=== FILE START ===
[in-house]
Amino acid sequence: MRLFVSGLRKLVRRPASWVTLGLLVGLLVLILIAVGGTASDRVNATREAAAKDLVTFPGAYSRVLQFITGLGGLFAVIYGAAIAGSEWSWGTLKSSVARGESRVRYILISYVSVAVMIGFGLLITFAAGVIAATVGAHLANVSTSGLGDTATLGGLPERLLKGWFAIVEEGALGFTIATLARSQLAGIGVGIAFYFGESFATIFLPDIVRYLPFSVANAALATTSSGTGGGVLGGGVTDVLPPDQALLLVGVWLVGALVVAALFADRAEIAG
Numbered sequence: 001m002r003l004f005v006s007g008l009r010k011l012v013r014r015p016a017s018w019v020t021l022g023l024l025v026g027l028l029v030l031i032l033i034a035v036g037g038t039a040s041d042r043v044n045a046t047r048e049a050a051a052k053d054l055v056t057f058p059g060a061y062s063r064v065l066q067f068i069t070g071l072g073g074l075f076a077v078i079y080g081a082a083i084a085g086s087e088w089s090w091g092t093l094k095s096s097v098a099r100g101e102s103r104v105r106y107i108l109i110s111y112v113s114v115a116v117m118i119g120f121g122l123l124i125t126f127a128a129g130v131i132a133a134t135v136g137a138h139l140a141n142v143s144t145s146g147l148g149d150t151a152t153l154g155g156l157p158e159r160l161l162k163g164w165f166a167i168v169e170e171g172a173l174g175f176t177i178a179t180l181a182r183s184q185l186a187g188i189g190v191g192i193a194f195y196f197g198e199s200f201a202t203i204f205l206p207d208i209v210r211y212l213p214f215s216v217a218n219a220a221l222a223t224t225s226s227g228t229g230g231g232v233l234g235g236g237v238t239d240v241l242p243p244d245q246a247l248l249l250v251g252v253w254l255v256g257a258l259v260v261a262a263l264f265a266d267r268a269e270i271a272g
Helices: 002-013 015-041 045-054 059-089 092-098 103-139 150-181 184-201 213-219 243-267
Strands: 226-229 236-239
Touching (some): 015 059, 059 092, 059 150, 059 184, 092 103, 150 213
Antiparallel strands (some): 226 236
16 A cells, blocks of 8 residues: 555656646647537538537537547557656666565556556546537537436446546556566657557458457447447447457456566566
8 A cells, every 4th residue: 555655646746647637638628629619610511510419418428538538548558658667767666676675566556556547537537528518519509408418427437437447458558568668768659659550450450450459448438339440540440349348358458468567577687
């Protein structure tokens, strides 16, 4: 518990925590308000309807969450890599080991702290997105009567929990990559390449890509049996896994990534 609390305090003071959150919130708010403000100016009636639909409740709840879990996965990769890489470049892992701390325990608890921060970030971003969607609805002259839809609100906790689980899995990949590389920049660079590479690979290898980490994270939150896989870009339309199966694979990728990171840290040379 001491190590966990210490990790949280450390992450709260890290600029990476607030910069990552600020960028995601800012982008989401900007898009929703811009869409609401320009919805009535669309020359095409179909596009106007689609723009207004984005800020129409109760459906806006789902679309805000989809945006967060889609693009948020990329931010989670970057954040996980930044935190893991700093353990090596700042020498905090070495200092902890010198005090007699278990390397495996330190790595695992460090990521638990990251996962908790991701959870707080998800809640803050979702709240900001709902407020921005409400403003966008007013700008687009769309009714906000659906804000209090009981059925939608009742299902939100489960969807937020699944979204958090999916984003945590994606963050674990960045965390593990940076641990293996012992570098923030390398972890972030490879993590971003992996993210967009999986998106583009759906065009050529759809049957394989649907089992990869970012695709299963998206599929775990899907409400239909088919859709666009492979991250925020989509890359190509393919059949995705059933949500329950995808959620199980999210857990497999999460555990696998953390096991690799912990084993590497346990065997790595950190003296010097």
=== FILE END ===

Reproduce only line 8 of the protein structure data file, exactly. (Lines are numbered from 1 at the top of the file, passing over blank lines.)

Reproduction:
16 A cells, blocks of 8 residues: 555656646647537538537537547557656666565556556546537537436446546556566657557458457447447447457456566566